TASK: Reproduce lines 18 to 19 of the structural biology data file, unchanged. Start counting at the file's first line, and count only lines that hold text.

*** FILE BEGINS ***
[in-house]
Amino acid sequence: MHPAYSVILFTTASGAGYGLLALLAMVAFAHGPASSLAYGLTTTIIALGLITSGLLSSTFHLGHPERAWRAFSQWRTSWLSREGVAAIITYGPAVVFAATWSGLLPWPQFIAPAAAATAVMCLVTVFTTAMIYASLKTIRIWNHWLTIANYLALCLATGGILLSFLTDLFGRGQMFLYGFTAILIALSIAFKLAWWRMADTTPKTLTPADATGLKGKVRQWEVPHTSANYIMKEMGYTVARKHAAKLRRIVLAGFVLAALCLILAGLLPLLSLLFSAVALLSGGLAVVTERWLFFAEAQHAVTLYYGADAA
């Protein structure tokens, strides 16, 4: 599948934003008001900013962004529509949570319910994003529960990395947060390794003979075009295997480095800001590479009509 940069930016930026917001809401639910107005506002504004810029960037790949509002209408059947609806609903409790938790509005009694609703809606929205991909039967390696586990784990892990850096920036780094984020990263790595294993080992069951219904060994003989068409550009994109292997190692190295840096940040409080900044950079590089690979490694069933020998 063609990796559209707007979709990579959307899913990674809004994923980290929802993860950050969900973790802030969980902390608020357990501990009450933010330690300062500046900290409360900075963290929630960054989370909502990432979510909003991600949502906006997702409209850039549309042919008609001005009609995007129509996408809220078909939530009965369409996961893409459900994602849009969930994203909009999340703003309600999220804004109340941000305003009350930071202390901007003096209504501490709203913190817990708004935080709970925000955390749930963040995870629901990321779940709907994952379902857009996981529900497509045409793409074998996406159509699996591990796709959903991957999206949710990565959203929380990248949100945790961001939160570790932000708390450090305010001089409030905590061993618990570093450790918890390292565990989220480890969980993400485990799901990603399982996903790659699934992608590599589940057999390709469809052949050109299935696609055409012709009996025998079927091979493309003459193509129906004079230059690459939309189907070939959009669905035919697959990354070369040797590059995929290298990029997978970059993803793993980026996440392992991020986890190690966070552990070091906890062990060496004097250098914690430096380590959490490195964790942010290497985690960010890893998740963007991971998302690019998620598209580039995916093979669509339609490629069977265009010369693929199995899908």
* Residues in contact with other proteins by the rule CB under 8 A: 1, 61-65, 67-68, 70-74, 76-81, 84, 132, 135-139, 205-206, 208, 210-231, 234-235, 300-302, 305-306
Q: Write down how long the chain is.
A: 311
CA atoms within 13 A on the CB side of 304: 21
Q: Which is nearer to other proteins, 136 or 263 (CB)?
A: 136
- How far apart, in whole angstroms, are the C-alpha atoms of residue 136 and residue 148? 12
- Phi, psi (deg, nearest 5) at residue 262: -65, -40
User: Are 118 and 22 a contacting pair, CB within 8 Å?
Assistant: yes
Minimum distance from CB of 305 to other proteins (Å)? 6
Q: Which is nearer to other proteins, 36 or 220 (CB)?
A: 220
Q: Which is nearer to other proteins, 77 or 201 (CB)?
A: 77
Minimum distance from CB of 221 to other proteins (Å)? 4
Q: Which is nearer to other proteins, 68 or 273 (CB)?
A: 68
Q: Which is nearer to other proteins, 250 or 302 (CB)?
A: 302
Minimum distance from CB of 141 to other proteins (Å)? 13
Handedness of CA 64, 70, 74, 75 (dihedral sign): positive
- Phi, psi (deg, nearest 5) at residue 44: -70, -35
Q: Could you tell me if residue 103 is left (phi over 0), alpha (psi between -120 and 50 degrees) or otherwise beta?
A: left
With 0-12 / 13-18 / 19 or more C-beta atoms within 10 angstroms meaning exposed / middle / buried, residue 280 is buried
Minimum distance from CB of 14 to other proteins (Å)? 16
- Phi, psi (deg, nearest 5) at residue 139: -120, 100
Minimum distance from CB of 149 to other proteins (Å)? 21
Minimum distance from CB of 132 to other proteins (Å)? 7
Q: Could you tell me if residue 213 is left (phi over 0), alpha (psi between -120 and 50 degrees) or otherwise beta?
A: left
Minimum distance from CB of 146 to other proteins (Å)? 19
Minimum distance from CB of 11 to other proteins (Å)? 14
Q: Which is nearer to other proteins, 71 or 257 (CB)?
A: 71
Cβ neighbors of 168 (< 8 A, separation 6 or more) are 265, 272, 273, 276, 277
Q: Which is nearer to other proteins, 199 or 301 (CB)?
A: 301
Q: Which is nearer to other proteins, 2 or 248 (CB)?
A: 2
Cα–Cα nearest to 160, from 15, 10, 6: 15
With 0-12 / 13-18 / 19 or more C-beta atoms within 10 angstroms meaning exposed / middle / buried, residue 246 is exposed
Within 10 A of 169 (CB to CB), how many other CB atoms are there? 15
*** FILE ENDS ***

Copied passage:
A: 77
Minimum distance from CB of 221 to other proteins (Å)? 4